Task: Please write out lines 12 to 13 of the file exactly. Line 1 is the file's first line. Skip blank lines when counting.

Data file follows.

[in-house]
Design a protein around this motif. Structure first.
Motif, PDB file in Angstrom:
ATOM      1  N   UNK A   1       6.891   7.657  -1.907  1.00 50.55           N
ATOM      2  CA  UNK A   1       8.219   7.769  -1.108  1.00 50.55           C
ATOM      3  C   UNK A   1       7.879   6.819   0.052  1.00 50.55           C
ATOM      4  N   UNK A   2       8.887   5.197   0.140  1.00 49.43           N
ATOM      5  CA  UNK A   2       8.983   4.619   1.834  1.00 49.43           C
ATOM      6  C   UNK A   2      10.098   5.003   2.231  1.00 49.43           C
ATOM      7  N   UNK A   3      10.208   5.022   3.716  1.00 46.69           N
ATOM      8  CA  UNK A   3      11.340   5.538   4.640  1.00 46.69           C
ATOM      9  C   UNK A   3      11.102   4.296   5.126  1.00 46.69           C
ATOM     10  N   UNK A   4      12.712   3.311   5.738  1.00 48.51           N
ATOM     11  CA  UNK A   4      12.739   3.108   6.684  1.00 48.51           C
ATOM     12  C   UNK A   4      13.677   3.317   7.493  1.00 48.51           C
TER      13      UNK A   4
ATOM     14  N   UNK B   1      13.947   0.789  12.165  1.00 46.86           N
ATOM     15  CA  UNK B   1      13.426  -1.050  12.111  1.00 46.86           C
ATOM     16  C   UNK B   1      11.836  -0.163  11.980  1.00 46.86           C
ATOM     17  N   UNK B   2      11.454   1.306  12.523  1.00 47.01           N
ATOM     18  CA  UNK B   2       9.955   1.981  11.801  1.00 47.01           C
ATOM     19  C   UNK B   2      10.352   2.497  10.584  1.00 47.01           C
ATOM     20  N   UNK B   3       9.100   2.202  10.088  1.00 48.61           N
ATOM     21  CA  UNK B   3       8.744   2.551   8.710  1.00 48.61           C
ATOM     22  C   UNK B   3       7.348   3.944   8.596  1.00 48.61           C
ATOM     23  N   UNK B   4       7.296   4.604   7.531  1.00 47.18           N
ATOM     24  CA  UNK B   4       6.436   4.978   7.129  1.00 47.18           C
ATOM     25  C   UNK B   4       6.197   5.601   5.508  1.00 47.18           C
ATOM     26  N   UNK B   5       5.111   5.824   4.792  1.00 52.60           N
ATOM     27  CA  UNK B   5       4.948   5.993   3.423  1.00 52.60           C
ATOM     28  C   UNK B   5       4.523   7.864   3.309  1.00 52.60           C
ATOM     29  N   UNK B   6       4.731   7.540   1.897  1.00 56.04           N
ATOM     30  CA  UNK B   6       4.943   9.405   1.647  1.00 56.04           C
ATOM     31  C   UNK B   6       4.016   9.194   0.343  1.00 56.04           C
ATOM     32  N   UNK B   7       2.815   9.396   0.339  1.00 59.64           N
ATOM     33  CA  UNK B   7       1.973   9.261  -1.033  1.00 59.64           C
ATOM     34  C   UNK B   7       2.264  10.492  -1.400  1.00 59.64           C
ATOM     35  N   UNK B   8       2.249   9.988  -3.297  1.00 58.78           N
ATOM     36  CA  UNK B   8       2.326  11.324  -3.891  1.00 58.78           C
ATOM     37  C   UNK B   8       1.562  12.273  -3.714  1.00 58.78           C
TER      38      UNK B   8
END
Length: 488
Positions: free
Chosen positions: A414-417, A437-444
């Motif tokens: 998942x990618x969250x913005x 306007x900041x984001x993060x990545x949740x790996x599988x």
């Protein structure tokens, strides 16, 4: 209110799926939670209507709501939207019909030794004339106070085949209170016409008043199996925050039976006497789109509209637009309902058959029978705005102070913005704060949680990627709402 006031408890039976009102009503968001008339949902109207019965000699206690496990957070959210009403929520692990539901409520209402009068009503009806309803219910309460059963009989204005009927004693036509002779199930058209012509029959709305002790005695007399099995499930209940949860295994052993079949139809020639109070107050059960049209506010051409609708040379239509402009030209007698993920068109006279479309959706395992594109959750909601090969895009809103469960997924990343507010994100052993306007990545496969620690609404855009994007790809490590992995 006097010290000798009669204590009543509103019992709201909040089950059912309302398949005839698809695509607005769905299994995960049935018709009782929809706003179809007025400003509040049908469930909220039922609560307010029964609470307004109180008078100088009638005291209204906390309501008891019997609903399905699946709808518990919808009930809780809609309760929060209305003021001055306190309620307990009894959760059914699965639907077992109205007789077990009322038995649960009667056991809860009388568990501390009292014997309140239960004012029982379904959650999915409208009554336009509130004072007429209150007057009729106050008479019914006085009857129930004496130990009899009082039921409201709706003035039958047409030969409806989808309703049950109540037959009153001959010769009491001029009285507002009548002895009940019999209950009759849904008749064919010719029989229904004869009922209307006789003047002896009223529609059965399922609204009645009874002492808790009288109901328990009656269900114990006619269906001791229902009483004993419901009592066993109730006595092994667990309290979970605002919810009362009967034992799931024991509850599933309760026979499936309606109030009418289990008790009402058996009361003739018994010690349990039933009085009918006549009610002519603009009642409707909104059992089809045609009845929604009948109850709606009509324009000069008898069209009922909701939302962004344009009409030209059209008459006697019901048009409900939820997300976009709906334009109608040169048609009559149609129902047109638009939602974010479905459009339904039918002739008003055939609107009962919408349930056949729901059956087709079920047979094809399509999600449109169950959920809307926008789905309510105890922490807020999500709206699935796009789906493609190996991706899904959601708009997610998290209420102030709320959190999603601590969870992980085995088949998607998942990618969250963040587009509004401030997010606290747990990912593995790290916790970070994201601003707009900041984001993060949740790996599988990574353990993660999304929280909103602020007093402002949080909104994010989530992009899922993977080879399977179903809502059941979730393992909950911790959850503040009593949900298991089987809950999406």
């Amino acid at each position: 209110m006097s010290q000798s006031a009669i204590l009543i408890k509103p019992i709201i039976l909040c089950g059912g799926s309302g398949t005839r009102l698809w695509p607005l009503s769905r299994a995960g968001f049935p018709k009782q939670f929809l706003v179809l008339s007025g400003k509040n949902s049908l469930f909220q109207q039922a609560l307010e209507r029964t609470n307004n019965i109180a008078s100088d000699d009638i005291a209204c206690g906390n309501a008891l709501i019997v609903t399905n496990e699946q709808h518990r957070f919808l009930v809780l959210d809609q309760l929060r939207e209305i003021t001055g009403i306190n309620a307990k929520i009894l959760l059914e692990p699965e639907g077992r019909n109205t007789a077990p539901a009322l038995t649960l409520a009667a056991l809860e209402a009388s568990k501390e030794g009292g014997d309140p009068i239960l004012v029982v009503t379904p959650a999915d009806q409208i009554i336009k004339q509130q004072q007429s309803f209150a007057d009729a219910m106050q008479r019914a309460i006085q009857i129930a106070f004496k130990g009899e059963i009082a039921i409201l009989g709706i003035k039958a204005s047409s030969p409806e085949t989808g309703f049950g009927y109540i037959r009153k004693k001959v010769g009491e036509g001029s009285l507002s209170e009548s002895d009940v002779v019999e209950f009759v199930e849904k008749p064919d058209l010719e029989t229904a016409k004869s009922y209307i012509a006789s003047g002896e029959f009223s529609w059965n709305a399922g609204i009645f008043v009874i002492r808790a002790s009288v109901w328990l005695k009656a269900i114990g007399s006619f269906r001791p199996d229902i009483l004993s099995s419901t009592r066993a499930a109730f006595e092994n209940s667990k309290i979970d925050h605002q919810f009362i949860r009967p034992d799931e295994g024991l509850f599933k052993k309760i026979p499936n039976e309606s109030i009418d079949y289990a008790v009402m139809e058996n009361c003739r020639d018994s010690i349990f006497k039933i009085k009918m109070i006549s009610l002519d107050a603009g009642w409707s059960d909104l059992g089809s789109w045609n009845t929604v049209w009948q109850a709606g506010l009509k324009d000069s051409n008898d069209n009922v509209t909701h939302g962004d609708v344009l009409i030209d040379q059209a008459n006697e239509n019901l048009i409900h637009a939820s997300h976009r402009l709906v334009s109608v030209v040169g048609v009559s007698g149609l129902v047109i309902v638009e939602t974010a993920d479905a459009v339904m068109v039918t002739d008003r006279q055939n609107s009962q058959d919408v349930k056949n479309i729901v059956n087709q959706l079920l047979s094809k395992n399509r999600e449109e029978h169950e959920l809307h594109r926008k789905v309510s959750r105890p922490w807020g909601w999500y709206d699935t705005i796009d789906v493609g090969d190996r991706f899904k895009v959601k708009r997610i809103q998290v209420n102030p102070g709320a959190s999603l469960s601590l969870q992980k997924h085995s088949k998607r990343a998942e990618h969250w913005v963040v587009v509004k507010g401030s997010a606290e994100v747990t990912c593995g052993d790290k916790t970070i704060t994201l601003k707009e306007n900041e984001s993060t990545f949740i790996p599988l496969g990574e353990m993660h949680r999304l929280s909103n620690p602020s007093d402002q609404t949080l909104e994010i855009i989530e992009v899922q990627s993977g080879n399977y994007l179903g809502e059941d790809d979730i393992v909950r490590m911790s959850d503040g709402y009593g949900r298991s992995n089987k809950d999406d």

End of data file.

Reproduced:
ATOM      9  C   UNK A   3      11.102   4.296   5.126  1.00 46.69           C
ATOM     10  N   UNK A   4      12.712   3.311   5.738  1.00 48.51           N